Ahhh... I'm dumbfounded and I've lost all respect for her. Really, this never came up previously, maybe because she knows I tend to lean left. Can this marriage be saved... more to the point, should I bother? Her parents are normal... is it possible the babies got switched?

Gene Weingarten: I think there's a lot of room for political/social differences in a marriage; presumably you married this person for reasons other than her political views. However, her use of the old "Adam and Steve" confabulation is a sign of humor impairment, which is unforgivable. Split up, before you have kids.

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UPDATED 7.7.05

New York, N.Y.: On Friday, Lisa de Moraes had people send in popular catch-phrases from TV shows. I'm curious about your take on them. Here, more or less, are the ones people sent in.

That's all folks -- Bugs Bunny/Road Runner
Ayyyyy -- Happy Days
Cheeseburger,cheeseburger -- SNL
But NOOOOOO!! -- SNL
You look mahvelous -- SNL
"We're going to pump... you up -- SNL
"Well, isn't that special -- SNL
Good night, Gracie! -- Burns and Allen
To the Moon -- The Honeymooners
And now for something completely different -- Monty Python's Flying Circus
Waaaaahhhhhhhh! -- I Love Lucy
Aiiiyyyy!! -- Happy Days
Dy-no-mite! -- Good Times
To boldly go where no man has gone before -- Star Trek
Hey kids, what time is it? -- Mr. Rogers
I'd like to buy a vowel -- Wheel of Fortune
Jane, you ignorant slut -- SNL
Danger, Will Robinson -- Lost in Space
Nobody expects the Spanish Inquisition -- SNL
Luuuuuccccy! -- I Love Lucy
I'm Chevy Chase and you're not -- SNL
Nevermind. -- SNL
They killed Kenny -- Southpark
Who loves ya, baby? -- Kojak
Book 'em, Danno -- Hawaii Five-O
I love it when a plan comes together -- The A Team
Eat My Shorts -- The Simpsons
I'm Bart Simpson. Who the hell are you? -- the Simpsons
Not that there's anything wrong with that -- Seinfeld
Yada yada yada -- Seinfeld
Get out! -- Seinfeld
Yabba dabba doo! -- The Flintstones
I'm smarter than the average bear -- Yogi Bear
I pity the fool! -- The A Team
Kiss my grits! -- Alice
I'm Larry. This is my brother Daryl, and this is my other brother Daryl.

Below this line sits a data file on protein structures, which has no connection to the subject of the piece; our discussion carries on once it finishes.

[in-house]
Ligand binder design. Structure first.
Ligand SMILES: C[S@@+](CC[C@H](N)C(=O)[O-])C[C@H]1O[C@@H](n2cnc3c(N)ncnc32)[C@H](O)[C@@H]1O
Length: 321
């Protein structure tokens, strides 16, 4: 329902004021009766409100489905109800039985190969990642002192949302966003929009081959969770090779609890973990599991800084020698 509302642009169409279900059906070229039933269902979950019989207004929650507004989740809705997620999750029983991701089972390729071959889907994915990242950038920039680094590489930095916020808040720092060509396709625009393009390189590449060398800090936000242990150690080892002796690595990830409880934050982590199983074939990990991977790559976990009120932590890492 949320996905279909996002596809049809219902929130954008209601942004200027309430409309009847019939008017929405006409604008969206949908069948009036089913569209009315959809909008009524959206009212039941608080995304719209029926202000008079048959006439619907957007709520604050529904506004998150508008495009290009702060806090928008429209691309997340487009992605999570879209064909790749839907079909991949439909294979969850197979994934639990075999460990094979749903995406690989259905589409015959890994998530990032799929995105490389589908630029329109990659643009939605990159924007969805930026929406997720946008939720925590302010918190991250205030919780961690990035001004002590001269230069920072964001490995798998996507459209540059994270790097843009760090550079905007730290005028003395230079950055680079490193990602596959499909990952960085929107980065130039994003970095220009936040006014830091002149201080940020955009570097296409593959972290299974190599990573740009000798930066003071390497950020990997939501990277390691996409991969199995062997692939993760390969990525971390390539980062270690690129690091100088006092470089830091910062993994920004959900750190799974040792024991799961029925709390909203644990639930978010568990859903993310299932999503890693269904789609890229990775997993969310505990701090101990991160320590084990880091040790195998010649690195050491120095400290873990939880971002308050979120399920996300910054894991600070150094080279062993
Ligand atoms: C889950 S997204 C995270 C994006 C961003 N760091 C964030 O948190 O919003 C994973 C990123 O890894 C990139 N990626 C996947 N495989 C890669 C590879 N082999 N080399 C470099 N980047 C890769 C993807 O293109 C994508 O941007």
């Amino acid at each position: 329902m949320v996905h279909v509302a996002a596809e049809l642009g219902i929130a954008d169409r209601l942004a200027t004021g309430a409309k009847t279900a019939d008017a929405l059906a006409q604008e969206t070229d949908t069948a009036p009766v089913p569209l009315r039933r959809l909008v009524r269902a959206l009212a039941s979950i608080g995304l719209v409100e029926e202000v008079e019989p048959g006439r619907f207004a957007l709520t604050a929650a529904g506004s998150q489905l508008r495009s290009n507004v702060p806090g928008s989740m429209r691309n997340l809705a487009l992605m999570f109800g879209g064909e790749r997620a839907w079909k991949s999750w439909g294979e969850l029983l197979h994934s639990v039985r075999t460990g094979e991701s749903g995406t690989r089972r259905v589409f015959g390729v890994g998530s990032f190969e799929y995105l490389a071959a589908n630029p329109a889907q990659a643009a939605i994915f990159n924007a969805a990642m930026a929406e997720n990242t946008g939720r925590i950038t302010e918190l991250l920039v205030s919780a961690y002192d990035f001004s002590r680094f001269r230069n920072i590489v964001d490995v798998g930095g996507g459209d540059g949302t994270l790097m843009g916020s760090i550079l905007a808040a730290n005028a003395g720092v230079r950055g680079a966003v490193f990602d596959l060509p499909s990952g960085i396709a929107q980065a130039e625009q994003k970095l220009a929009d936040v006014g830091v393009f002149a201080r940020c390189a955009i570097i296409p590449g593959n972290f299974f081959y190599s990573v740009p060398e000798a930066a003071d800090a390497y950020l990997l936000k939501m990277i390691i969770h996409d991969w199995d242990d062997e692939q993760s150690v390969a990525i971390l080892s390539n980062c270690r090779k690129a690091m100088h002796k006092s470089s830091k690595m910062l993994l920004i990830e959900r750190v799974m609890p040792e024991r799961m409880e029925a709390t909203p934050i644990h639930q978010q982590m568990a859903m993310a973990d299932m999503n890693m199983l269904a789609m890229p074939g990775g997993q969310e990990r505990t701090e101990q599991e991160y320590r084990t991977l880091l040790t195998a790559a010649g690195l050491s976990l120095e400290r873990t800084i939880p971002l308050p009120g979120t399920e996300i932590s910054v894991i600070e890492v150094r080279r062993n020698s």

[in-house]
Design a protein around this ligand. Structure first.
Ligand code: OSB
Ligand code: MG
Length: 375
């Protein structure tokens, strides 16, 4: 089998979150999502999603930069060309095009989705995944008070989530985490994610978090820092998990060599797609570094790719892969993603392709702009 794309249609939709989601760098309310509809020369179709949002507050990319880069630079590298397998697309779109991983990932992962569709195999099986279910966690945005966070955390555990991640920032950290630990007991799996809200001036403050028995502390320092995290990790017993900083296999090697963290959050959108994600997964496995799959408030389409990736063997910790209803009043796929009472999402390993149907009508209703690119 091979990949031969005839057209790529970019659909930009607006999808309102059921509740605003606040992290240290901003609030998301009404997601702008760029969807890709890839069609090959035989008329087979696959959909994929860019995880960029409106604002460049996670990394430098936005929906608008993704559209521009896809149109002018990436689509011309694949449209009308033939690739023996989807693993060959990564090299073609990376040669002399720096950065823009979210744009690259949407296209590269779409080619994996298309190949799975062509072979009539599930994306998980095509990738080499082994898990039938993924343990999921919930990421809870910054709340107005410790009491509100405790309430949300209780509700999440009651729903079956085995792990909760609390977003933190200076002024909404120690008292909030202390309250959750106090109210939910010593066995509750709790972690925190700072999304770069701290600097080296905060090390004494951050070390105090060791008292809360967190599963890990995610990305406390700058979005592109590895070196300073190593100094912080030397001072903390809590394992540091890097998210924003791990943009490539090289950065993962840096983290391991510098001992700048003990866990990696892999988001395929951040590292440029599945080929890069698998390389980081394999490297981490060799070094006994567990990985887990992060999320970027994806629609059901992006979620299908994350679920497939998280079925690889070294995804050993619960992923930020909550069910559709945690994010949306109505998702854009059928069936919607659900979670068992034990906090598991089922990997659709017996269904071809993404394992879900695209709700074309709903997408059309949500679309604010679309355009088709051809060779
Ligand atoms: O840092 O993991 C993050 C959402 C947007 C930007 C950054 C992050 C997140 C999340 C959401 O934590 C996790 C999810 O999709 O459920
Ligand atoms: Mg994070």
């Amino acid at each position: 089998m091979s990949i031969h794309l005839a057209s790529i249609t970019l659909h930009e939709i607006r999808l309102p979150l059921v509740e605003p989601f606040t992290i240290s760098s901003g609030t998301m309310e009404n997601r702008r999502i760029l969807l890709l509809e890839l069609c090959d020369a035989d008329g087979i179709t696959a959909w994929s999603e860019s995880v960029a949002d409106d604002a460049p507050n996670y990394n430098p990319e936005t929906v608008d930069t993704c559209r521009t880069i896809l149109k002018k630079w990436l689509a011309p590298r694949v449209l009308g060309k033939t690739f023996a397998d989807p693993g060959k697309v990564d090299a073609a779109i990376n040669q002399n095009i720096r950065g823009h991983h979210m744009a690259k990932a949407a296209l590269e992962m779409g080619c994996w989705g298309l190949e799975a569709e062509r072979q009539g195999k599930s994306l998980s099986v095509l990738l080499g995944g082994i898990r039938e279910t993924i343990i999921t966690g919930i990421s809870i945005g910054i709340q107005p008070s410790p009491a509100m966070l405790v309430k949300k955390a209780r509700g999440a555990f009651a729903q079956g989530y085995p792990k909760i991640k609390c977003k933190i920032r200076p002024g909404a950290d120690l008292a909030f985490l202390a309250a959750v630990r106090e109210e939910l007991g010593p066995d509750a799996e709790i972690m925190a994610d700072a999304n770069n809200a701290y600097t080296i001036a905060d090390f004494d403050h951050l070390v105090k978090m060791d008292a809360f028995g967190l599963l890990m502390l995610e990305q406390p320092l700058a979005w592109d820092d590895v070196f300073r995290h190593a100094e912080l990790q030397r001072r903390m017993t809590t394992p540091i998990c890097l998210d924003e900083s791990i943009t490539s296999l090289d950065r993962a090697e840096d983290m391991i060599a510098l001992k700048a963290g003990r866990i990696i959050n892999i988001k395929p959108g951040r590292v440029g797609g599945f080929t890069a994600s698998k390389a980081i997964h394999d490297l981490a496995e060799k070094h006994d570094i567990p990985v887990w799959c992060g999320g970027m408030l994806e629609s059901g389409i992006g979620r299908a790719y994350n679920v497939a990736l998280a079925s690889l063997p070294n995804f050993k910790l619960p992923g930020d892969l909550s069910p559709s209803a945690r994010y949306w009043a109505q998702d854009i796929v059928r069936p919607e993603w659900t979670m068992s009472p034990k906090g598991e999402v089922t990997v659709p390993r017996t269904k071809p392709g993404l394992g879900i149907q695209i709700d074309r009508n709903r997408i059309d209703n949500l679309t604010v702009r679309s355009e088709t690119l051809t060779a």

Kipt'n, she's burnin' up! -- Star Trek
Sock it to me -- Laugh In
Here comes the judge -- Laugh In
Watchu talkin' 'bout, Willis --
Let's be careful out there -- Hill Street Blues
I know Nothing! -- Hogan's Heroes
Would ya believe -- Get Smart
I asked you not to tell me that -- Get Smart
Sorry about that, Chief -- Get Smart
Da Plane! -- Fantasy Island
Don't have a cow -- the Simpsons
Just the facts, ma'am -- Dragnet
The clock on the clubhouse wall says its time to go -- Mickey Mouse Club
Y? Because we LIKE you -- Mickey Mouse Club

Gene Weingarten: I believe "What time is it, kids?" is Howdy Doody, not Mr. Rogers. Or maybe Mr. Rogers reprised it. My kids never watched Mr. Rogers; he was simply too sedate for them. All of these lines are worthy, in the sense that they stay in the consciousness, though any list that contains "Dynomite" and, say, "to the moon, Alice!" is inherently suspect. Interesting how many great lines came from SNL, isn't it?

And: It reminds me that about a year ago when I discussed the great sitcom characters, I missed one. Max Smart was a great sitcom character, maybe one of the top ten. Another great Max Smart line, from the third season or so, was this one, used after someone had attempted some incredibly daring act, such as jumping from rooftop to rooftop. The action would happen offscreen, and then Max would turn to Ninety-Nine, put to fingers about an inch apart, and say, "Missed it by THAT much."

washingtonpost.com: And isn't "No one expects the Spanish inquisition" from Monty Python -- not SNL, as listed above?

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EWville: Married woman here, 27, who can only say EWW to kissing another woman on the lips. Would certainly kiss the cheeks, either one or two, but would feel very icked out about kissing a friend on the lips.

And, EWW part deux... you're a Yankees fan? I can't heart you anymore. I've come to realize that as someone who grew up in the Red Sox Nation, I have a visceral reaction to anything Yankees. I want to hit the caps off the heads of the fans I see. It's similar to the urge to rearend a car with a Bush/Cheney sticker on it. Fortunately I resist those urges but in my head, you have a little less shine for me now. Bummer.